Billingsley, John (1657-1722) (DNB00)
BILLINGSLEY, JOHN, the younger (1667–1722), nonconformist divine, son of John Billingsley [q. v.], was born at Chesterfield, Derbyshire, in 1667. First trained by his father, he proceeded to the university of Cambridge, being entered of Trinity College. Wilson (History of Dissenting Churches, i. 77) says : 'When neither his inclination nor circumstances allowed his longer continuance at the university, he was placed under the care of the famous Mr. Edward Baynes, of Lincoln.' On leaving Lincoln he completed his theological and classical preparations under his father, and under an uncle Whitlock of Nottingham. He was afterwards duly ordained.
He first preached at Chesterfield. On the death of his father — for whose monument he composed an elegant and pathetic Latin inscription (given by Calamy) — he appears to have served with the celebrated Rev. Edward Prime, of Sheffield. For seven years he was settled at Selston with 'a plain but serious auditory.' From this he removed to Kingston-upon-Hull, where he ministered for about ten years. About 1706 he was chosen colleague of Dr. William Harris at Crutched Friars, and accepting the call was thus placed practically in the foremost place among protestant dissenters. He was associated with Dr. Harris for fifteen years. 'I ever esteemed him,' says Dr. Harris, 'a great blessing to the congregation, and I believe he was thought so by everyone in it. We lived together through that course of time in a most perfect uninterrupted friendship and endearment; his labours and his memory will be always precious in my account.'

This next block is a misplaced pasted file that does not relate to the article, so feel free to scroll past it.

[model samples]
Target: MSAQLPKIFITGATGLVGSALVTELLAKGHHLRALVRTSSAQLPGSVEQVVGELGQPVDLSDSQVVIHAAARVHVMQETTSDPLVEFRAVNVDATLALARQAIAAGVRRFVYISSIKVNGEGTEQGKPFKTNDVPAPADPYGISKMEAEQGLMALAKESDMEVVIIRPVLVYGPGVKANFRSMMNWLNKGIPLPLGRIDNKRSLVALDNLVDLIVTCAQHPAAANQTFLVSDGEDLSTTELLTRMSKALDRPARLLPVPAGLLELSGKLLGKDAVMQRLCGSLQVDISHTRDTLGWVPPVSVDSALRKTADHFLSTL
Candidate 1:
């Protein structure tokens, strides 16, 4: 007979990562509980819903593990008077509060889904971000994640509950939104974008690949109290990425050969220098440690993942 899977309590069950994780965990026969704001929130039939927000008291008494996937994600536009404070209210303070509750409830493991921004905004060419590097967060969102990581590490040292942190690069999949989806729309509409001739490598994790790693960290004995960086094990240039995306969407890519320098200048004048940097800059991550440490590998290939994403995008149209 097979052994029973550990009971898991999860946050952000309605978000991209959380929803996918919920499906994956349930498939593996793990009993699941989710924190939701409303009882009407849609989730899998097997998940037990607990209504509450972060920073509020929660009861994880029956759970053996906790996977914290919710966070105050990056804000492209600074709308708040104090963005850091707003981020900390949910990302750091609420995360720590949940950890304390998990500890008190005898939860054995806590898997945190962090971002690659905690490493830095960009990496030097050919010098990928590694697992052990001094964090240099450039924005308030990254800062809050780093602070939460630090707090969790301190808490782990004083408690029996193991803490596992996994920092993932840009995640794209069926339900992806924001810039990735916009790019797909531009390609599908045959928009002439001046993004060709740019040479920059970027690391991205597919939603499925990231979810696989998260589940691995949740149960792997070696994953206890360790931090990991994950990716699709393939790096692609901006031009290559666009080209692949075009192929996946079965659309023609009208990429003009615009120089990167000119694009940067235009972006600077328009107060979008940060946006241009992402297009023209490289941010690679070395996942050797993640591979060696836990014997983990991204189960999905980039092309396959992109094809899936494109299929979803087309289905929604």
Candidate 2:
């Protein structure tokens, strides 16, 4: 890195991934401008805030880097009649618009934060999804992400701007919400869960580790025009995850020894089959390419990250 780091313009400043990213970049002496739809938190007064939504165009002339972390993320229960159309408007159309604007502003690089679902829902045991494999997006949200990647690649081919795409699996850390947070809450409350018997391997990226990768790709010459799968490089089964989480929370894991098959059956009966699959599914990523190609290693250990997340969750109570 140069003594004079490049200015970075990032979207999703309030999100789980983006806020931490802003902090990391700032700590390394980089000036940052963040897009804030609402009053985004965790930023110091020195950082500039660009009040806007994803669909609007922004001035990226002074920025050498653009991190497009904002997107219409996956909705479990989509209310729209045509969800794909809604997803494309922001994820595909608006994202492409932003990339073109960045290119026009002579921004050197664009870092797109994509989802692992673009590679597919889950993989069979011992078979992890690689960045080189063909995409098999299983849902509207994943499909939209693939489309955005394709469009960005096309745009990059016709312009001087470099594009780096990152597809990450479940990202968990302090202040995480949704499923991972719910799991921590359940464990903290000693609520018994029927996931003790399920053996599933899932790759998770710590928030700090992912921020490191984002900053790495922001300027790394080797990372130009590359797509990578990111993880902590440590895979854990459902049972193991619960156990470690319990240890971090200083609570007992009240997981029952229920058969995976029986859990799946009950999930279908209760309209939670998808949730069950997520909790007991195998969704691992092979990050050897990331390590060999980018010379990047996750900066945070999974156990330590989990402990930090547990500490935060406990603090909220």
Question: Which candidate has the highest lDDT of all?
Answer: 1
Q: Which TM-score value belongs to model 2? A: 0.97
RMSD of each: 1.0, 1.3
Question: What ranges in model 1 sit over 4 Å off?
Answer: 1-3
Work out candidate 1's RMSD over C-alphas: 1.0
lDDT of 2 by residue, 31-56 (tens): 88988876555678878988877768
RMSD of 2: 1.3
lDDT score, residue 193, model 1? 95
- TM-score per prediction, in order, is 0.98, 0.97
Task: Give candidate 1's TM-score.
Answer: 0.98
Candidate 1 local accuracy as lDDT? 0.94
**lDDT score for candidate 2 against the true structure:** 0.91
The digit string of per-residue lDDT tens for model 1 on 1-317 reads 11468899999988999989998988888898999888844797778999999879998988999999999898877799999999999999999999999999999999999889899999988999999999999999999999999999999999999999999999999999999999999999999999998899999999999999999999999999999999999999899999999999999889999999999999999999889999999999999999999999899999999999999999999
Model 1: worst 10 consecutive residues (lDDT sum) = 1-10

Besides his work at Crutched Friars, he spent Sunday evening during the winter 'in a catechetical exercise to a numerous congregation at Old Jewry.' His text-book was 'The Larger and Shorter Catechisms' of the assembly of divines. He also went over the main points in the popish controversy.
When the unhappy controversy concerning the Trinity agitated England at the commencement of the eighteenth century, the protestant dissenters convened a synod at Salters' Hall in 1719. They split upon the rock of subscription. Billingsley sided with those who opposed subscription. This was the more honourable to him, as personally he was rigidly orthodox. He declined to approve of subscription on the broad principle of opposition to all tests in matters of religion. He died 22 May 1722, in his sixty-fifth year, and was buried in Bunhill Fields. He does not appear to have published anything. A son John, originally a dissenting minister at Dover, married a sister of Sir Philip Yorke, afterwards Lord-chancellor Hardwicke, conformed and accepted a good living in the national church with a prebend in Bristol Cathedral. It is to his honour that, notwithstanding his conformity, he remained 'moderate, and maintained friendly intercourse with the dissenters to the last.'
[Wilson's Hist, of Dissenting Churches, i. 77-82; Palmer's Nonconf. Mem. i. 402; Harris's Funeral Sermon for Billingsley; Le Neve's Fasti; and authorities on his father.]